The growing possibility that the UK could leave the European Union is sending panic throughout the markets.
As polls began to show a swing towards a Brexit at the start of the week, the FTSE crashed below 6,000 and the VIX, a measure of financial volatility known as the fear index, shot up from around 13 to more than 20.
It is even pushing bond yields to unprecedented lows as investors seek a safe haven from more jumpy assets such as stocks.
Yields on Germany’s sovereign debt into negative territory for the first time on Tuesday, meaning investors are willing to actually pay to hold German government debt rather than receive any return.
While there are concerns for the UK economy — UK Chancellor George Osborne said a Brexit would leave a £30 billion ($43 billion) budget hole — the markets are telling us something bigger, according to analysts at US bank Citi. Brexit might just be the start of a general unravelling of the EU.
Here is Citi (emphasis ours):
In our opinion, investor sentiment is the factor that could be most disrupted by a vote for Brexit, especially if the Street begins to worry about more votes across the pond that generate deeper concerns about economic trends that can become more global in nature.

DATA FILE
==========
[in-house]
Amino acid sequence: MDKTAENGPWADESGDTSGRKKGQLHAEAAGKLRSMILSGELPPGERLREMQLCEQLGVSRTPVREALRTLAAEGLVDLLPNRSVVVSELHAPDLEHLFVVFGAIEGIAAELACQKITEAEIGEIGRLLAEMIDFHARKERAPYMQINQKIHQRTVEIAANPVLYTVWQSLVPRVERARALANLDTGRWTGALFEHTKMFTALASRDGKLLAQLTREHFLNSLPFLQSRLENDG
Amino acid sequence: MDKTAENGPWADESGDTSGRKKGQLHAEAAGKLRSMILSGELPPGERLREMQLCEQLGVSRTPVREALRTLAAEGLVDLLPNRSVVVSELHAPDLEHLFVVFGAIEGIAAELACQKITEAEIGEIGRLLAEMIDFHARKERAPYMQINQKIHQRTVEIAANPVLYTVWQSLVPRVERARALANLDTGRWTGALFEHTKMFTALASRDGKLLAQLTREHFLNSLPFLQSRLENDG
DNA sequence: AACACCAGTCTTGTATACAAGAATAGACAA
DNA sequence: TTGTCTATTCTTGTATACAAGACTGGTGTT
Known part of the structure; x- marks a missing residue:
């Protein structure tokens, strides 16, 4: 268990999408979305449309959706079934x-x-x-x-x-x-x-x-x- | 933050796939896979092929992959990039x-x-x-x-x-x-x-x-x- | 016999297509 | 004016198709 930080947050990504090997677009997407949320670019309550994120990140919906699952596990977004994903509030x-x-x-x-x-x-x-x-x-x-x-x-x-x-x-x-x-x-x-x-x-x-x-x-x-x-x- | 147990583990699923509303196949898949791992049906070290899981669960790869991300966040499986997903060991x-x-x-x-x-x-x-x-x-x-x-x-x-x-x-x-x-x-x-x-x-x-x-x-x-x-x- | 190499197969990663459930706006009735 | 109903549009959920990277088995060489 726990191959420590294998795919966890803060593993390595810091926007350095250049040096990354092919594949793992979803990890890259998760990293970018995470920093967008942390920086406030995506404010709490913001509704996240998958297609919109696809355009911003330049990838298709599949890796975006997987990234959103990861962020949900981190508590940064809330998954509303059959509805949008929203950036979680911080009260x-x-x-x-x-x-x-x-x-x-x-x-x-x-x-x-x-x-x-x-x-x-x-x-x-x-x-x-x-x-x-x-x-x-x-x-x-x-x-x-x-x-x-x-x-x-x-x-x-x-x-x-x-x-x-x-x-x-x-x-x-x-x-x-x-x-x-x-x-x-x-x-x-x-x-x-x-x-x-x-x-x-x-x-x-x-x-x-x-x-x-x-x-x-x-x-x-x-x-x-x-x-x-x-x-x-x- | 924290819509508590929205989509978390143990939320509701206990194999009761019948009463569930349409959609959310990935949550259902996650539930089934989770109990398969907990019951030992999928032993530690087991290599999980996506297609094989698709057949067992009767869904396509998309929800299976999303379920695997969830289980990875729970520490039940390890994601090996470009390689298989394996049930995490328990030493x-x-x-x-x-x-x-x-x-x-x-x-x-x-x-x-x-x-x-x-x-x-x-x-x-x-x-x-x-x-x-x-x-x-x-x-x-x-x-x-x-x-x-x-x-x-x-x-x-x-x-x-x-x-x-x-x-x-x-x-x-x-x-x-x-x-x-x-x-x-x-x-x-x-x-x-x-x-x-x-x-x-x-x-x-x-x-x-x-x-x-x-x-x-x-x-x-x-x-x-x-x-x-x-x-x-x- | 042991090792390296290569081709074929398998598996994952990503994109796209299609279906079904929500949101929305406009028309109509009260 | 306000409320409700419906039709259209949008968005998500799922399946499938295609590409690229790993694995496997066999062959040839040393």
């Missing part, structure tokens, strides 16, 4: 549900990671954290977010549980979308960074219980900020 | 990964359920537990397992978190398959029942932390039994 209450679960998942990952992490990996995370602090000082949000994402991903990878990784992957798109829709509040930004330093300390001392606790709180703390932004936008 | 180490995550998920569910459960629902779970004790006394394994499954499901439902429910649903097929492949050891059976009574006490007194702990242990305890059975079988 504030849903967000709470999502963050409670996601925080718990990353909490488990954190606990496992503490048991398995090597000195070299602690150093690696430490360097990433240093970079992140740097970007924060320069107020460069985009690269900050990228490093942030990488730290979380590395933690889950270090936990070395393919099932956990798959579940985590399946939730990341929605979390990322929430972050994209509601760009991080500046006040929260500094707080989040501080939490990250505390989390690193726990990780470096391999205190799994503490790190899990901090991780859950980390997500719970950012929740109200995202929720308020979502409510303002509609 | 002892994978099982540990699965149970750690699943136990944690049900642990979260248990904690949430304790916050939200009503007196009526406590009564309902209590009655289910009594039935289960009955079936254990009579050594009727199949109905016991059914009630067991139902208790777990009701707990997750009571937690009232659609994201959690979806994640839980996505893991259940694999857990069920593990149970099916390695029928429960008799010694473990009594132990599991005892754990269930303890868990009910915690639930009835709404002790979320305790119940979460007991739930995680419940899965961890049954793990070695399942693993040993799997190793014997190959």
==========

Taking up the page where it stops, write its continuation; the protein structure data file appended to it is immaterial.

Market participants do not like uncertainty and thus focusing on sentiment is more useful. As seen in Figure 3, “panic” readings are already evident and risk premiums are high already.
And here is that chart:
And here’s the VIX:
But it is not just investor sentiment that could hurt markets. As political risk weakens the pound and the euro, the dollar would strengthen, making US companies less competitive overseas and lowering earnings.
Here’s Citi again:
Furthermore, the dollar’s relative weakness in 2016 has been important for broader 2H16 S&P 500 EPS expectations and thus a strengthening of the buck would imply that downward earnings pressures could be revived and act as a new restraint on share prices.
Accordingly, a Leave vote must be considered a significant risk for the US market in terms of a potential correction but it is also unlikely to cause a bear market on its own.